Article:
Tuesday, May 22, 2012

G-FEST Movies Announced

It's the announcement G-FEST attendees like me (more than slightly obssessive) look forward to with great excitement: the movie line-up has been announced. The films are arranged around a cool "old school" theme that is very thoughtful--and I think it will likely lead to increased attendance at the theater.

The first two movies on Thursday represent Godzilla's cinematic origins. First up is 1933's "King Kong," a movie that needs no description, yet in the context of kaiju filmography is well known to have been an inspiration to none other than Eiji Tsuburaya. That will be followed by "The Beast from 20,000 Fathoms," the Harryhausen stop-motion tour de force that clearly gave some shape to what would become "Godzilla." Incidentally, this is the first monster movie my dad remembers seeing, so it would be pretty special to see it with him in this setting.

The evening will feature a first look at Godzilla's rivals, a non-obvious but interesting choice in "Gorgo," which blends elements of "Godzilla," "King Kong," and "Gappa: the Triphibian Monster." Thursday is capped off by "Gammera," the only kaiju that come close to challenging Godzilla's popularity, in his first on-screen incarnation.

Friday night will see a screening of "Godzilla: King of the Monsters," a great choice given the fact of Mr. Takarada's anticipated presence, yet not a total repeat of the festitivities from two years ago. Saturday night's movie has yet to be announced.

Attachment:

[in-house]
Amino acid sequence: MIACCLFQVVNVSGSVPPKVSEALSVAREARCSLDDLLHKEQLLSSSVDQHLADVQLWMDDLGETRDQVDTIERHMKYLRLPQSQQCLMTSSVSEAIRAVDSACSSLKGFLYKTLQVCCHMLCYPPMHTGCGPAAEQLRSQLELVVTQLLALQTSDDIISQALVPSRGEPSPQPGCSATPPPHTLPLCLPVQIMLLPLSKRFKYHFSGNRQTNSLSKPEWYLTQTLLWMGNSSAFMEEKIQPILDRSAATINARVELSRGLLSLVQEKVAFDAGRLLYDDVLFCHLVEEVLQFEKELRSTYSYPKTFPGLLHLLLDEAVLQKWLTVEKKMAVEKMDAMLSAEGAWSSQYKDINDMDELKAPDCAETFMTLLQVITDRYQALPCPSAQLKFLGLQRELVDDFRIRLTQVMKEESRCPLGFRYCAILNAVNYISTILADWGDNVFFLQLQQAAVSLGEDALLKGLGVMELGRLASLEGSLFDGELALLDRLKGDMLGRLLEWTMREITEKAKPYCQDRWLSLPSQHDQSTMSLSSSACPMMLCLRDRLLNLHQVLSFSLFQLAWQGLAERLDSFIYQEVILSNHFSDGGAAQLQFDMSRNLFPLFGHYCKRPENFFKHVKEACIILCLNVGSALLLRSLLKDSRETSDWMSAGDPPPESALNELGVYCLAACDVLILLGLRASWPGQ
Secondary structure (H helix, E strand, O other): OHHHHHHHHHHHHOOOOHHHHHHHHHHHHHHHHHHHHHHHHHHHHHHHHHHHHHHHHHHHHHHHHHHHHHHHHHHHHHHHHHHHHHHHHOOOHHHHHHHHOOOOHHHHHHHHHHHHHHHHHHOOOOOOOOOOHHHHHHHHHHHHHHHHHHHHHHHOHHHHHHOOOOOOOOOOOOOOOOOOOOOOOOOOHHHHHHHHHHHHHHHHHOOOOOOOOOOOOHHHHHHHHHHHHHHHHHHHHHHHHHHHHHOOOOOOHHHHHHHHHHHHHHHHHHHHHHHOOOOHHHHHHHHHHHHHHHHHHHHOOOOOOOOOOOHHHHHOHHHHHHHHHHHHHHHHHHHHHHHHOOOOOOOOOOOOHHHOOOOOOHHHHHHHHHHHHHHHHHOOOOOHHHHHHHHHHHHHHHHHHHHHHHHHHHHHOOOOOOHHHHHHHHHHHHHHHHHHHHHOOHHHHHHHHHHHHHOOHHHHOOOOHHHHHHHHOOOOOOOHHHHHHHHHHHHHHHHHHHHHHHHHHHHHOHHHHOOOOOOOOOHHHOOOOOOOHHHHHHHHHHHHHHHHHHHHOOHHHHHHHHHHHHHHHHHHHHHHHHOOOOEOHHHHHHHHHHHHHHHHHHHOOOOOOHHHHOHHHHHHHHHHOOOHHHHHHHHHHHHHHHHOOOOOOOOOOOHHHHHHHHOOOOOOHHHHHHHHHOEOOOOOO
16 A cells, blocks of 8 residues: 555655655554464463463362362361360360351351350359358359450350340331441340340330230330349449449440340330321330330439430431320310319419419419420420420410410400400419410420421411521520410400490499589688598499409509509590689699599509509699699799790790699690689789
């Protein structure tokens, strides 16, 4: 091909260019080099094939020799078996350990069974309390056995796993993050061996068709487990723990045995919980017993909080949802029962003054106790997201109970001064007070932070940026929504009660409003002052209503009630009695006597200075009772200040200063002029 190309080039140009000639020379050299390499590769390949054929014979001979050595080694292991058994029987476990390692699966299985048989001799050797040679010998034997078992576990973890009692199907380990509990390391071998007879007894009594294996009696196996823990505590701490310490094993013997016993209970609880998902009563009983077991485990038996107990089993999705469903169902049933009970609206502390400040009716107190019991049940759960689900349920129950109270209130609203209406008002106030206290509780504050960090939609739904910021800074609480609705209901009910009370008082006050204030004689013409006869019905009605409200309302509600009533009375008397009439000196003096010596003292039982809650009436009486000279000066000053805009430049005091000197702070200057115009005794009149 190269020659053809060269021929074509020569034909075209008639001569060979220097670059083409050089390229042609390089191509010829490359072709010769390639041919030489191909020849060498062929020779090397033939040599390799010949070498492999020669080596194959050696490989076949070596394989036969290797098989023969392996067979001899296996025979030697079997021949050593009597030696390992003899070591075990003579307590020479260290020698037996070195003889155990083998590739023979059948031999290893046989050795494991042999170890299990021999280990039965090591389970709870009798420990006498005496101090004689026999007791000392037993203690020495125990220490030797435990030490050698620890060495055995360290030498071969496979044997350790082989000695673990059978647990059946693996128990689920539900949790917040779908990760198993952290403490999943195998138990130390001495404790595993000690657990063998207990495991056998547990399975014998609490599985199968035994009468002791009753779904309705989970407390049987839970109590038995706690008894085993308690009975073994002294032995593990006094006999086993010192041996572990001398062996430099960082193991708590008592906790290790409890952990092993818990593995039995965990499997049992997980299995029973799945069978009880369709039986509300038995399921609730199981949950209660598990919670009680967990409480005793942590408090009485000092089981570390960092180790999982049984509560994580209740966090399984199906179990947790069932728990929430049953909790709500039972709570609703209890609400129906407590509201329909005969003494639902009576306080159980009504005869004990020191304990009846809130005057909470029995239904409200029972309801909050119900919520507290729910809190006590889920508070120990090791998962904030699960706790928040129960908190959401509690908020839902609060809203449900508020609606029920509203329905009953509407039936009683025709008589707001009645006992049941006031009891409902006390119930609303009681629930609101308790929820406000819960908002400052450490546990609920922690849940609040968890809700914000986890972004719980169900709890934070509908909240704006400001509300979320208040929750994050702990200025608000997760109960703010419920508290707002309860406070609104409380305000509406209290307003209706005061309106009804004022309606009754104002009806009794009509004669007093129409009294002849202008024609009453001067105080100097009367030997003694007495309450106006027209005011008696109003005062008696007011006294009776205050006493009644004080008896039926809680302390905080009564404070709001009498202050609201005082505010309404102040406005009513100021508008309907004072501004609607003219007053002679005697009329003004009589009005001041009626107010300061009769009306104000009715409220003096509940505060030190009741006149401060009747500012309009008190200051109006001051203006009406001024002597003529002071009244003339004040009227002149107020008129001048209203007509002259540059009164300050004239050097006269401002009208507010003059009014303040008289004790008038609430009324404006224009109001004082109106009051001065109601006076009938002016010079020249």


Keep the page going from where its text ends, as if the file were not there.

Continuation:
The key word with all these films is "accessibility." They should have broad appeal and bring lots of folks out to the Pickwick. This is shaping up to be a classic G-FEST!

Sunday, May 13, 2012

"Finding Bigfoot" Feedback

This was a fun postscript to our "Finding Bigfoot" encounter in January. I shared a link to Monsterland Ohio on Ranae Holland's Facebook page, and her response is displayed in the above screen shot.

Thursday, May 10, 2012

Mad Scientist # 24

Inertia and general busyness prevented me from getting my hands on Mad Scientist # 24 until just last week. It is another strong issue (two articles in this issue were nominated for Rondo awards), highlighted by a "Smog Monster" retrospective and Martin Arlt's memories of G-TOUR II. I was also amazed at the article about the Scholastic Monster Movie book--I still have my copy (or to be more precise, it now proudly resides in my son's library).

It was also cool to see that in the letters section, someone really enjoyed the article I submitted for issue 22 about "The Legend of Boggy Creek." When you write and put things out there for the world to see, whether in print or on the internet, you always wonder how your work is being received--especially a blog of this nature, which is by nature whimsically esoteric. To know that there is another "Boggy Creek" fan out there who cared enough to write in to Mad Scientist is kind of miraculous...and pretty gratifying.